Low interest rates set to continue

by Trevor Sturgess

The cost of borrowing remains unchanged after the Bank of England held interest rates at the historically low 0.5 per cent for the sixth month in a row.

As widely expected, the Bank’s Monetary Policy Committee decided there was no need to alter the rate it set originally in March.

The background to its decision will be published on September 23.

Experts predict that the Bank is likely to keep interest rates at this level into 2010.

At the same time, the Bank said it would continue with its £175bn asset purchase programme of so-called quantitave easing (QE).

The Bank’s Monetary Policy Committee expects the QE programme to take another two months to complete and said it would keep the scale of the programme under review. The Bank has already pumped nearly £146bn into the scheme.

The decision was made amid signs of a recovery in the UK economy, with output, house sales and prices all apparently on the rise. However, rising unemployment may dampen hopes of an early escape from recession. James Thomas, head of residential development and investment at Jones Lang LaSalle, which manages Kent Science Park, said the housing market continued to show optimism, with gross lending up 60 per cent in the past five months.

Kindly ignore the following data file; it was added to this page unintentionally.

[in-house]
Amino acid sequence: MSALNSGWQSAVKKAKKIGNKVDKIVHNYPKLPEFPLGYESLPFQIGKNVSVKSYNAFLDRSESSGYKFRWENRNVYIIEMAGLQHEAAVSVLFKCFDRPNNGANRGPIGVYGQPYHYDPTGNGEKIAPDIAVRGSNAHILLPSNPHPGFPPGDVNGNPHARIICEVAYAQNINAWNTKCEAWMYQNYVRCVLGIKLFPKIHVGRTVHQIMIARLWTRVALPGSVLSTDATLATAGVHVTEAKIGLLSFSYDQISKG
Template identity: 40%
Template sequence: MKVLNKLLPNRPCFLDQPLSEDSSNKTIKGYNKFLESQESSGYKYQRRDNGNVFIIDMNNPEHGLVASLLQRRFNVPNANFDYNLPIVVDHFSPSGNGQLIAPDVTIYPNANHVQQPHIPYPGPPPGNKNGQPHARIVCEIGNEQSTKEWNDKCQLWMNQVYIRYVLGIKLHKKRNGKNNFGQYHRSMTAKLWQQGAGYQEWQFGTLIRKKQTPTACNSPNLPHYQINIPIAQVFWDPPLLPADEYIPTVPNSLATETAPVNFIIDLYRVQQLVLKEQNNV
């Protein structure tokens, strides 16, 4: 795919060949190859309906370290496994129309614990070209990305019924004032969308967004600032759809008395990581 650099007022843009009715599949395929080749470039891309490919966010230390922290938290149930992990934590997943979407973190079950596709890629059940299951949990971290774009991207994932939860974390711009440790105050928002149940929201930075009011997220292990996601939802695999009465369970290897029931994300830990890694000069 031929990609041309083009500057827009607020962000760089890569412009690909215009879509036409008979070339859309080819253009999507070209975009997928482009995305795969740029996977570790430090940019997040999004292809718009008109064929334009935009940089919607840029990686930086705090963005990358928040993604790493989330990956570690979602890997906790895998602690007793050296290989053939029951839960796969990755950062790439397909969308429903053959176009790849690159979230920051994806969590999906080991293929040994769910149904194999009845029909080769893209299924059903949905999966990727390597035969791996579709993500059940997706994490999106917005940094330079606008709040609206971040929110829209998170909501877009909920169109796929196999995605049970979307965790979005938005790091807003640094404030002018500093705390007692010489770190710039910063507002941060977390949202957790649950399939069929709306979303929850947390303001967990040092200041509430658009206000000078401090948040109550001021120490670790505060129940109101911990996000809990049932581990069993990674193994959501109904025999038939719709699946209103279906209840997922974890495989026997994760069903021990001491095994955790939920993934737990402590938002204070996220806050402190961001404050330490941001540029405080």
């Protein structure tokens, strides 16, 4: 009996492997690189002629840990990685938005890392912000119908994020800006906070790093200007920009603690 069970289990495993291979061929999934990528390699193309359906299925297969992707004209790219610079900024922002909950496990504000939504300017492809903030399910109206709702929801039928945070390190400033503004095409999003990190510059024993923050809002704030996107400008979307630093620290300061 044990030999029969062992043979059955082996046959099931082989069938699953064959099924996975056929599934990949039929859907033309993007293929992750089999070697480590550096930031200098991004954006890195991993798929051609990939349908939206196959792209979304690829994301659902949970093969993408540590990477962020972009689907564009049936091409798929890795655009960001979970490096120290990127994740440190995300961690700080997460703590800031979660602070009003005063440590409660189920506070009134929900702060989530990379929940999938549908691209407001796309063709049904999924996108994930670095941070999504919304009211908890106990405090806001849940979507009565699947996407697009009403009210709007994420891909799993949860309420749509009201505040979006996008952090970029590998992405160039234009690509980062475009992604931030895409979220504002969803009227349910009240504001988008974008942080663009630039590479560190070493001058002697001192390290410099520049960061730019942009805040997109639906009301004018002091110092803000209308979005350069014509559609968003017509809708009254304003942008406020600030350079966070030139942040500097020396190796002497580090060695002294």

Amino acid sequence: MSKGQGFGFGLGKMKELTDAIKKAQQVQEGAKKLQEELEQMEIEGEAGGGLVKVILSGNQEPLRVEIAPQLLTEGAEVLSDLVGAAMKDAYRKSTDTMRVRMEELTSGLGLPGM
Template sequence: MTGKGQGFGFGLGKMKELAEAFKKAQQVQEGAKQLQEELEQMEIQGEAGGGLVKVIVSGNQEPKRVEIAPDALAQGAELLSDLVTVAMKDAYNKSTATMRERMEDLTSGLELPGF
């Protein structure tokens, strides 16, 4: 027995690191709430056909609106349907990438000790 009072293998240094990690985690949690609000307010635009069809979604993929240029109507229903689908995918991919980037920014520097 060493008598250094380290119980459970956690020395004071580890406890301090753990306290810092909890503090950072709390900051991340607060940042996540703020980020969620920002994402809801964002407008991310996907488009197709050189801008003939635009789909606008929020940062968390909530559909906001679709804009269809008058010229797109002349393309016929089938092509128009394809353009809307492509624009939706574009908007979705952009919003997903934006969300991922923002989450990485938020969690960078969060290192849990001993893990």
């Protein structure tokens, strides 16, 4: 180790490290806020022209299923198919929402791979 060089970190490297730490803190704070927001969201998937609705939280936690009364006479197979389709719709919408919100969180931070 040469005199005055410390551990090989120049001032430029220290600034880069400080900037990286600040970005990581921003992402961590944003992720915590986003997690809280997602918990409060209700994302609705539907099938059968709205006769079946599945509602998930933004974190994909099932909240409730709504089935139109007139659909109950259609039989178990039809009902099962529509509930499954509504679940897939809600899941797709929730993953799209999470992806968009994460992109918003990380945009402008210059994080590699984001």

UK house prices had increased for the six consecutive month, although overall prices had fallen by 14.4 per cent from their peak.

But he warned that there were danger signs on the horizon. “While the recent improvement in the market is encouraging, it is impossible to ignore the short-term risks posed to the UK residential sector by rising unemployment and poor credit availability. We anticipate the current market revival to be unsustainable and predict a further contraction in prices during 2010 by -7%.”

Paul Guest, head of EMEA Research at Jones Lang LaSalle, added that the commercial property sector had bottomed out.

He said: “The extension of lower borrowing costs in the face of a fragile recovery and no risk of a short-term spike in inflation will help sustain the economic recovery, thereby supporting business sales and ultimately property income growth.”

Edward Menashy, chief economist with Charles Stanley, complained that there were few signs of an increase in bank lending.

“The failure of the banks to lend can be attributed to the lack of solvency amongst the banks themselves, the fear of incurring more bad debts in weak economy, or the desire not to borrow on the part of indebted households and companies.”

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